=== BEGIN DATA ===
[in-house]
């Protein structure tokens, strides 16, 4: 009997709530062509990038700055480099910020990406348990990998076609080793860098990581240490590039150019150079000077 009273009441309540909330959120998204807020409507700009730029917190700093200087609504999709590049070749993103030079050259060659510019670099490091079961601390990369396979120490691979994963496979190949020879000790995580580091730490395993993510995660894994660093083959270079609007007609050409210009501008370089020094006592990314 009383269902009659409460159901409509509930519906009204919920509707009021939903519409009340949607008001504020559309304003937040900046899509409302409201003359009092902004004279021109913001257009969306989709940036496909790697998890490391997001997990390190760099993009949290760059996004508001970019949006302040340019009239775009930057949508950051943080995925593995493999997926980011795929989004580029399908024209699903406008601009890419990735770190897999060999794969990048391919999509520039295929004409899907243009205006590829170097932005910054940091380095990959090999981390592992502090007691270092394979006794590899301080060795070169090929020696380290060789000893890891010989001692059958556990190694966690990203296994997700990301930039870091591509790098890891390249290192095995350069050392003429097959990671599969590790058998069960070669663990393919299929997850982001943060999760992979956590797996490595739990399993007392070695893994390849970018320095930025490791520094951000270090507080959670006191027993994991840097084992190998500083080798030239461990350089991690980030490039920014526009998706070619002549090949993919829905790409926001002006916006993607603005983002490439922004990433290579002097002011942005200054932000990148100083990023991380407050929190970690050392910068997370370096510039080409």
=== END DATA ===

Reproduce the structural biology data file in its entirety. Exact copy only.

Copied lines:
[in-house]
């Protein structure tokens, strides 16, 4: 009997709530062509990038700055480099910020990406348990990998076609080793860098990581240490590039150019150079000077 009273009441309540909330959120998204807020409507700009730029917190700093200087609504999709590049070749993103030079050259060659510019670099490091079961601390990369396979120490691979994963496979190949020879000790995580580091730490395993993510995660894994660093083959270079609007007609050409210009501008370089020094006592990314 009383269902009659409460159901409509509930519906009204919920509707009021939903519409009340949607008001504020559309304003937040900046899509409302409201003359009092902004004279021109913001257009969306989709940036496909790697998890490391997001997990390190760099993009949290760059996004508001970019949006302040340019009239775009930057949508950051943080995925593995493999997926980011795929989004580029399908024209699903406008601009890419990735770190897999060999794969990048391919999509520039295929004409899907243009205006590829170097932005910054940091380095990959090999981390592992502090007691270092394979006794590899301080060795070169090929020696380290060789000893890891010989001692059958556990190694966690990203296994997700990301930039870091591509790098890891390249290192095995350069050392003429097959990671599969590790058998069960070669663990393919299929997850982001943060999760992979956590797996490595739990399993007392070695893994390849970018320095930025490791520094951000270090507080959670006191027993994991840097084992190998500083080798030239461990350089991690980030490039920014526009998706070619002549090949993919829905790409926001002006916006993607603005983002490439922004990433290579002097002011942005200054932000990148100083990023991380407050929190970690050392910068997370370096510039080409």